The head of the U.S. Food and Drug Administration Tuesday said he has commissioned an independent review of the agency’s food and tobacco programs following months of criticism over its handling of the baby formula shortage and e-cigarette reviews, according to AP.
The announcement comes as FDA Commissioner Robert Califf attempts to push past several controversies that have dominated his second stint running the agency, including his issuing of a marketing denial order (MDO) to e-cigarette maker Juul Labs and later having to rescind that order and placing Juul’s premarket tobacco product application (PMTA) back under review.
“Fundamental questions about the structure, function, funding and leadership need to be addressed” in the agency’s programs, Califf said in a statement. The agency’s Center for Tobacco Products (CTP) is facing challenges navigating policy and enforcement issues from “an increasing number of novel products that could potentially have significant consequences for public health … CTP will continue its important work during the evaluation, including review pending applications and take enforcement actions as needed.”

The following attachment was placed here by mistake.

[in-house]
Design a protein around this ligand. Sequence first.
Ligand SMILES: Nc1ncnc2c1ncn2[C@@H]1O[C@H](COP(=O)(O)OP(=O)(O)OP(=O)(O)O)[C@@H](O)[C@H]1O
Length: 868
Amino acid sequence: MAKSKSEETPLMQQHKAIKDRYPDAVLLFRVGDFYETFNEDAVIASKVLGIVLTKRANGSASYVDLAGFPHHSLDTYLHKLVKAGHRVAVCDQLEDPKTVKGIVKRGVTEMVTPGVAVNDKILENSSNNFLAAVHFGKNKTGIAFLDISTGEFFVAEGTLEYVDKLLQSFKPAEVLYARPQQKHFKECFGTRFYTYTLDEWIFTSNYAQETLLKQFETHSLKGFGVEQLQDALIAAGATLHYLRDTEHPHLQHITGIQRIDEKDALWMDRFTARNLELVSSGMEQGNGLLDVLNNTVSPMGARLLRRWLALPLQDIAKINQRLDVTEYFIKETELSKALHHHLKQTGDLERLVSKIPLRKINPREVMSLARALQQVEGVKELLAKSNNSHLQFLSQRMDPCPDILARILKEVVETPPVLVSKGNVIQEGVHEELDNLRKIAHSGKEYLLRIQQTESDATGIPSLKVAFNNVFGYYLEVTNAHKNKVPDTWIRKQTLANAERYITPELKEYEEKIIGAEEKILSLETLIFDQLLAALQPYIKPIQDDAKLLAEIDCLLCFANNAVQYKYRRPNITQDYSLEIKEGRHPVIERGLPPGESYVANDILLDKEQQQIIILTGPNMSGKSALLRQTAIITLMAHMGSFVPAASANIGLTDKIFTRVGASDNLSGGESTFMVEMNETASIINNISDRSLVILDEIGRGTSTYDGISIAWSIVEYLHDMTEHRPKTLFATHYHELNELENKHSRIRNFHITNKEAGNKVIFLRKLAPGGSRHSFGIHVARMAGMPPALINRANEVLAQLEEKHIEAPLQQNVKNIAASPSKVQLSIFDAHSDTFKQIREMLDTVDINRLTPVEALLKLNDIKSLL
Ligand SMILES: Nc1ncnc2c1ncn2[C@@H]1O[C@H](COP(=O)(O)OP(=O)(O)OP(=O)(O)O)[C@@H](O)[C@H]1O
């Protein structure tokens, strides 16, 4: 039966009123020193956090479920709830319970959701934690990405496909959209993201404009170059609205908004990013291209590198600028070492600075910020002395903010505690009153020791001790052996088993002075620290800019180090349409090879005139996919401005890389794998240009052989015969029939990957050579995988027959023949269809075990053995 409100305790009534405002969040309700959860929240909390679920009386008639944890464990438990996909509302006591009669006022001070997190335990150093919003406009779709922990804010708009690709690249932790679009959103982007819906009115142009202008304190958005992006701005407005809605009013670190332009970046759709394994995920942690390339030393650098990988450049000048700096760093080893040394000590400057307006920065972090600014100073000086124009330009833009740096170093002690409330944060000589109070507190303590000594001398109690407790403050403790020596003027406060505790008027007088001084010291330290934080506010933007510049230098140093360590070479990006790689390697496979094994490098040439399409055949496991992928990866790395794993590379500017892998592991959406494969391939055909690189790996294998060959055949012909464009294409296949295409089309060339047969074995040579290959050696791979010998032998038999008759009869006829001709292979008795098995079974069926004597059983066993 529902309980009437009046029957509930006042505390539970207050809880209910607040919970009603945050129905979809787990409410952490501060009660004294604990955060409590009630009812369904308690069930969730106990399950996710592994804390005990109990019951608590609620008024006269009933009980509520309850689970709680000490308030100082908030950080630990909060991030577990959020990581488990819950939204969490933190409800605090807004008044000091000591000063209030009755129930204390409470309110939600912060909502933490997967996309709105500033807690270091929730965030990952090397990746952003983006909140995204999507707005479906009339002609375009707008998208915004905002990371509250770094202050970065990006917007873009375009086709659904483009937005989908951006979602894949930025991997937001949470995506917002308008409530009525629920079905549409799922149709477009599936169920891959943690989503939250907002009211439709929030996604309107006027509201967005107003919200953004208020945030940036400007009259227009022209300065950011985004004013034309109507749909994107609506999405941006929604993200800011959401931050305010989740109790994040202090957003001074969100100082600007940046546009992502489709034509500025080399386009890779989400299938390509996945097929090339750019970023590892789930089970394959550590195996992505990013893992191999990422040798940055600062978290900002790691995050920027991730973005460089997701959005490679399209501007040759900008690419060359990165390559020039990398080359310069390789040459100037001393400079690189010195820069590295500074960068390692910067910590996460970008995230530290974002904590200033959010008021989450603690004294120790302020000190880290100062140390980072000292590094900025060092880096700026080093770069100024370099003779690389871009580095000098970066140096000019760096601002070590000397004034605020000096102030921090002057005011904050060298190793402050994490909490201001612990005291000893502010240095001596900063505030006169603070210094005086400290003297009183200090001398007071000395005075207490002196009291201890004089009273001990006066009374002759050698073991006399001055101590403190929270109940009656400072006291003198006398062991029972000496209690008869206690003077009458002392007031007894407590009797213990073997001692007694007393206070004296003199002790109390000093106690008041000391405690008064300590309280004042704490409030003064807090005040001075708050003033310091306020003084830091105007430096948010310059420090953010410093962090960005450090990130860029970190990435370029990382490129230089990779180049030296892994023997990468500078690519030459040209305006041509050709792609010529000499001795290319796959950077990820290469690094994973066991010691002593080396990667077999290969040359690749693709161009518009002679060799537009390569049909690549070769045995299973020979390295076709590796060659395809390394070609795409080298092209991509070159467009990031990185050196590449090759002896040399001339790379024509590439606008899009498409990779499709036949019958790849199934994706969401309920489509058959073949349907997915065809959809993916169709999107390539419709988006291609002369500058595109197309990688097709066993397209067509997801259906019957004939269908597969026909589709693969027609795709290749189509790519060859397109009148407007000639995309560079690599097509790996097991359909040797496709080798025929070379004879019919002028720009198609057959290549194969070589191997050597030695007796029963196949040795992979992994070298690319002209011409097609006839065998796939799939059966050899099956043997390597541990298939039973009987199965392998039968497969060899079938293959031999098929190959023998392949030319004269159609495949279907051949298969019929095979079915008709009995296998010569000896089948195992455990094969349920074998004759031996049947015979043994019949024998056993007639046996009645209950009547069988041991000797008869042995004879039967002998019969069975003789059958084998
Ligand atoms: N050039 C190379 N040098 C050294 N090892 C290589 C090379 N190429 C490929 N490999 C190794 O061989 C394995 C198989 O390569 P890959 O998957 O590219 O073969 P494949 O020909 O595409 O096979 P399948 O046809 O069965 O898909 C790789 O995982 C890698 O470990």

Califf said the non-profit Reagan-Udall Foundation — a non-governmental research group created by Congress to support FDA’s work — would convene experts to deliver evaluations within 60 business days of both the food and tobacco operations.
“It may take some time to implement any recommended changes, but I am committed to addressing them and communicating them to the public in a timely manner,” Califf stated. “It is my belief that this effort will continue strengthening the FDA and better position the agency to deal with the many immediate public health issues we are facing, while preparing for the many scientific challenges and fascinating opportunities of the future.”